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Distribution and functional significance of the P-type, voltage-dependent Ca2+ channels in the mammalian central nervous system.
R Llinás, M Sugimori, D E Hillman, B Cherksey
, 15, 351-5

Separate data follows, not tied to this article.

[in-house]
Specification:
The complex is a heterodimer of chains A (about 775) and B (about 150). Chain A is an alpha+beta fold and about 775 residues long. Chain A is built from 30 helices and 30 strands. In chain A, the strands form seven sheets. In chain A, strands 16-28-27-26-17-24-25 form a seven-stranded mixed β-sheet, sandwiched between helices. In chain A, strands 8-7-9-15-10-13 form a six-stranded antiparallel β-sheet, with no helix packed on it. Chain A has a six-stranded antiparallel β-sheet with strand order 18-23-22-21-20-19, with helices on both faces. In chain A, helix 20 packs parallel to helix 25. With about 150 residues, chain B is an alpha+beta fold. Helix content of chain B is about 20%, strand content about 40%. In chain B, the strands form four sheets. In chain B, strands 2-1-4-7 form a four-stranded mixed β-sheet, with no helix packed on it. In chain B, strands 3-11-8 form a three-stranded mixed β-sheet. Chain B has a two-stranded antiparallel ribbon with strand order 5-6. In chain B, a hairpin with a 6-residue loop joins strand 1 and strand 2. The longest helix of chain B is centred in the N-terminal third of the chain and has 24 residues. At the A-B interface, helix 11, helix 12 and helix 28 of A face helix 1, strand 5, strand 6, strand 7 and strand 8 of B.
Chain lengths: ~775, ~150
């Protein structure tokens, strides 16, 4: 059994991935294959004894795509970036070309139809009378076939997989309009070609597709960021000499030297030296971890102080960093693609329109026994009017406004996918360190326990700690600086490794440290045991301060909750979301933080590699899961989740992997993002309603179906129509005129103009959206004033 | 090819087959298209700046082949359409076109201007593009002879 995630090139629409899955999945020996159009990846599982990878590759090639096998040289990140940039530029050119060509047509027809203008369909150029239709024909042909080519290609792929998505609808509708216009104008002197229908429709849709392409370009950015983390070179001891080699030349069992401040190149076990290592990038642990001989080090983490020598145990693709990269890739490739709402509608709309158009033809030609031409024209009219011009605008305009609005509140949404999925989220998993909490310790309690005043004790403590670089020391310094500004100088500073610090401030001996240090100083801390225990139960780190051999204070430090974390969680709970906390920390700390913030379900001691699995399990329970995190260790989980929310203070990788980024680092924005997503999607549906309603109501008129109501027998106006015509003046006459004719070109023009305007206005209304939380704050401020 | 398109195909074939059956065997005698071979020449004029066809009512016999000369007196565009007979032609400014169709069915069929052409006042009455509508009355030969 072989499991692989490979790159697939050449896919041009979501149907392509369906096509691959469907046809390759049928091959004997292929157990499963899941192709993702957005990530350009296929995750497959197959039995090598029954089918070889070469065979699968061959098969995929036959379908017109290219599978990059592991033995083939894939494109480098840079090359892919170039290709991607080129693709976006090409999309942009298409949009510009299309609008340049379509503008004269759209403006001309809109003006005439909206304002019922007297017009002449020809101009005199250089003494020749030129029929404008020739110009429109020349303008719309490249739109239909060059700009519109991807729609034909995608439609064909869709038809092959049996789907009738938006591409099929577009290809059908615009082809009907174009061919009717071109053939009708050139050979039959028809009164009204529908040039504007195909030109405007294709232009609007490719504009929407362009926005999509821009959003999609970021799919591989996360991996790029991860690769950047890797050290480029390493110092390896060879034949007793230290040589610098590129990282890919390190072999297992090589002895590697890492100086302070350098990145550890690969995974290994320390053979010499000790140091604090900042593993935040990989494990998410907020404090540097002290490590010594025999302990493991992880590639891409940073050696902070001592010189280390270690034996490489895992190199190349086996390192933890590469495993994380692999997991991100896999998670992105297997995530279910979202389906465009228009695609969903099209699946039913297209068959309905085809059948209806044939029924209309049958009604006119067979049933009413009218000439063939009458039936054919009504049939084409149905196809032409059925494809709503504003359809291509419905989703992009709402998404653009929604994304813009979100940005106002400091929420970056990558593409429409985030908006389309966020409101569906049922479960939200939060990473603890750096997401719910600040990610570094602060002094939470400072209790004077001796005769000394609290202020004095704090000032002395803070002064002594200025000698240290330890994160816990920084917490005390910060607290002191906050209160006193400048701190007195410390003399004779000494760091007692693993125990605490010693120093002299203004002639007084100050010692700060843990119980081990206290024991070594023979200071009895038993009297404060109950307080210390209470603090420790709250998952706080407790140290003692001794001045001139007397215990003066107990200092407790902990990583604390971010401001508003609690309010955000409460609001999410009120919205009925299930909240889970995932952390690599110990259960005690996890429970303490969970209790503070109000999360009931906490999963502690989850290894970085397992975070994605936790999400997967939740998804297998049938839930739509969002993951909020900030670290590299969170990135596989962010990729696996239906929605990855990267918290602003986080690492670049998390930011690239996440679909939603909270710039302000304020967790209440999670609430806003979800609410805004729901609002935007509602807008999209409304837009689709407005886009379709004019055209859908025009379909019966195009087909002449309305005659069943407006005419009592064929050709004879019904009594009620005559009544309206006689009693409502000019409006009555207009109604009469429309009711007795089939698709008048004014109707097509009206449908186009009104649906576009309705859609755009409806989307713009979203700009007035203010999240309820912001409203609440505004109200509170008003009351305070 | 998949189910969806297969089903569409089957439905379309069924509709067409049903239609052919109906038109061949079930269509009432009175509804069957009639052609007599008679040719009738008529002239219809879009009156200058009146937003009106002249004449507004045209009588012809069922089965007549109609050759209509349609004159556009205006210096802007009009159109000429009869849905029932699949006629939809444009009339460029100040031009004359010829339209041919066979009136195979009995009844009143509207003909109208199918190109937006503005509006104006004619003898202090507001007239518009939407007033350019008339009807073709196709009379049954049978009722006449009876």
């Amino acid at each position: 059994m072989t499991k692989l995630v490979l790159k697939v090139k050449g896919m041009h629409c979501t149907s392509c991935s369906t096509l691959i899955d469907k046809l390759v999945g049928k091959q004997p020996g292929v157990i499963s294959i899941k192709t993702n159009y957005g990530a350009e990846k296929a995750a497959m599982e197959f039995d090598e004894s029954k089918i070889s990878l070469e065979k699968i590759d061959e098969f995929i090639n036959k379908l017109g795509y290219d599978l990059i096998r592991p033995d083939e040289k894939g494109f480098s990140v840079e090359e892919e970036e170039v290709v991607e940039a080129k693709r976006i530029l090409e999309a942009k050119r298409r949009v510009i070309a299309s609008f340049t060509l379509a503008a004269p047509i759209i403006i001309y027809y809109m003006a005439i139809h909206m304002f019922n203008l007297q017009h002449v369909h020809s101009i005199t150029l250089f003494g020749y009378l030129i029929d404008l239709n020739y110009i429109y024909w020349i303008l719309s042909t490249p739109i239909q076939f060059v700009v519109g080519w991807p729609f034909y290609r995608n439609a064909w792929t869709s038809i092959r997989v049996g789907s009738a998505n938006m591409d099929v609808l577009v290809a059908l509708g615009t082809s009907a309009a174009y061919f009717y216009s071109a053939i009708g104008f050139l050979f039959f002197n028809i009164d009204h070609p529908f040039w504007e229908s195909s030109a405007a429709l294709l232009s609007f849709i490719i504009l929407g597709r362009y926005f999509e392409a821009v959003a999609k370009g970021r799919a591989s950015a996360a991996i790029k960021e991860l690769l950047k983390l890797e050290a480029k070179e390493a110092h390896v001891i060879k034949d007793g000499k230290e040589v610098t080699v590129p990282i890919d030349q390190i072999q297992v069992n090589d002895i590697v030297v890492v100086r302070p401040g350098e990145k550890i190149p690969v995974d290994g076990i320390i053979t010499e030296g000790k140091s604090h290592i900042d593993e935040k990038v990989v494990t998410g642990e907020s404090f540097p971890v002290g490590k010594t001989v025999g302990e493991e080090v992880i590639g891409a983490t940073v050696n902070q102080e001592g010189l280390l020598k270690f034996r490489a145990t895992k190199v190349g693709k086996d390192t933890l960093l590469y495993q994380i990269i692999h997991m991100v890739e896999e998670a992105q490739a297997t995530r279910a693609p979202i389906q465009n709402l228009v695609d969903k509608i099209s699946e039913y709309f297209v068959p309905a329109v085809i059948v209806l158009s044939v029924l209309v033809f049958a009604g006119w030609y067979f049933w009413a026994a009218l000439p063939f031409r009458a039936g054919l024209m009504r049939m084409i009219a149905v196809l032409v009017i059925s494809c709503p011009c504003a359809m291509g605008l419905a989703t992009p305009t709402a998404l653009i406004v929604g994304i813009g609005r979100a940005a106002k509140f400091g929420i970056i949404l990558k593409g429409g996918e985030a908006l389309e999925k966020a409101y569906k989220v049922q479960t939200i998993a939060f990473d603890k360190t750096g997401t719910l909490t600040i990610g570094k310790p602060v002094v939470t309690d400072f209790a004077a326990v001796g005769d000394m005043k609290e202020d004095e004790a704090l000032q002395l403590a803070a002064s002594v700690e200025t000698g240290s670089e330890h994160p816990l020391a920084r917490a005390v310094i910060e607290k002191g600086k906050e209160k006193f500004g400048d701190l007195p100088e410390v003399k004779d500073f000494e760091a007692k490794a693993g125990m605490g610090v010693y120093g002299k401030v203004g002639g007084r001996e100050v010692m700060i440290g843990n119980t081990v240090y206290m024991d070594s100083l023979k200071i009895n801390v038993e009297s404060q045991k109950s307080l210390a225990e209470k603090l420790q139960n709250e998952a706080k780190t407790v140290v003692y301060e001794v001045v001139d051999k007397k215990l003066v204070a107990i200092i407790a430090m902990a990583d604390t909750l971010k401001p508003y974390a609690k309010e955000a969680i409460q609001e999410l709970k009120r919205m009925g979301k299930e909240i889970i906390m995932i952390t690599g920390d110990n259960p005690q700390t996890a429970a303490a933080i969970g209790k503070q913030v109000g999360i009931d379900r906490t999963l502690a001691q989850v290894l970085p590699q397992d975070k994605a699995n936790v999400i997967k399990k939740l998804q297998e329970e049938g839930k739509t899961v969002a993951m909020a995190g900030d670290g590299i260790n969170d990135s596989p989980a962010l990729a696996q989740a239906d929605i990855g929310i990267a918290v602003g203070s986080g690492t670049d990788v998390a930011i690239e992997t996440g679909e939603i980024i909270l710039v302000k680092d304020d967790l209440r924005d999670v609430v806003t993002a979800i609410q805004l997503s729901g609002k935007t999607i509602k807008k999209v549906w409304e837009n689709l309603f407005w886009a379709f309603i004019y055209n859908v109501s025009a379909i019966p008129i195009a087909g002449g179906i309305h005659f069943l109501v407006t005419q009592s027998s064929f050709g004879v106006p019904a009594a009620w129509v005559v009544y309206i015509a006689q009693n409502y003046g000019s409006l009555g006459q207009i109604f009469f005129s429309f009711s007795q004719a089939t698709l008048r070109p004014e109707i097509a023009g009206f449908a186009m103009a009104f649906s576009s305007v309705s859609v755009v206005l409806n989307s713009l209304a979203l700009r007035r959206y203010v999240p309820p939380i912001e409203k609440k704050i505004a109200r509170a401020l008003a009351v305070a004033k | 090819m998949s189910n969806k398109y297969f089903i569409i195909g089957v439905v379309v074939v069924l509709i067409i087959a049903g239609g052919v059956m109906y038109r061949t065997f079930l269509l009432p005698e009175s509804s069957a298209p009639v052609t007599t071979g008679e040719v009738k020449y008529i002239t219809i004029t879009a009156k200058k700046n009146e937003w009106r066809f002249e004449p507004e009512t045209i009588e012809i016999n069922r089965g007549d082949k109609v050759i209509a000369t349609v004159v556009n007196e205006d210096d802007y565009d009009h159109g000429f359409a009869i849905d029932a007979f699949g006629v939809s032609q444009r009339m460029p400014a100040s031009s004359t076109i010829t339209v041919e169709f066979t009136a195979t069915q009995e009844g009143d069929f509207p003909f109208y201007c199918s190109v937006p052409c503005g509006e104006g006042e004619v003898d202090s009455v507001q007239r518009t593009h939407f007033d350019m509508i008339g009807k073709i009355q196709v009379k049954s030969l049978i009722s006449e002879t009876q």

In addition to the three types of voltage-dependent calcium channels presently recognized in the CNS, the L-, the T- and the N-types, a fourth distinct type known as the P-type channel has recently been described. This channel, initially recognized in Purkinje cells (and thus the name), is not blocked by dihydropyridines or by omega-conotoxin (GVIA), but is blocked by native funnel-web spider venom and by a polyamine (FTX) extracted from such venom. In addition, a synthetic polyamine (sFTX) has been produced that also specifically blocks P-channels in brain slices and at the neuromuscular junction, and blocks presynaptic Ca2+ currents in other vertebrate and invertebrate forms, as well as channels expressed in Xenopus oocytes following CNS mRNA injections. Using sFTX to form an affinity gel, a protein was isolated and reconstituted into lipid bilayers where it manifests single-channel properties that are electrophysiologically and pharmacologically similar to those of the native P-channels. Rabbits immunized with the isolated protein produced a polyclonal antibody that gave a positive western blot with the purified P-channel protein and generated a reaction product at specific sites in the CNS that agree with the physiological distribution of P-channel activity.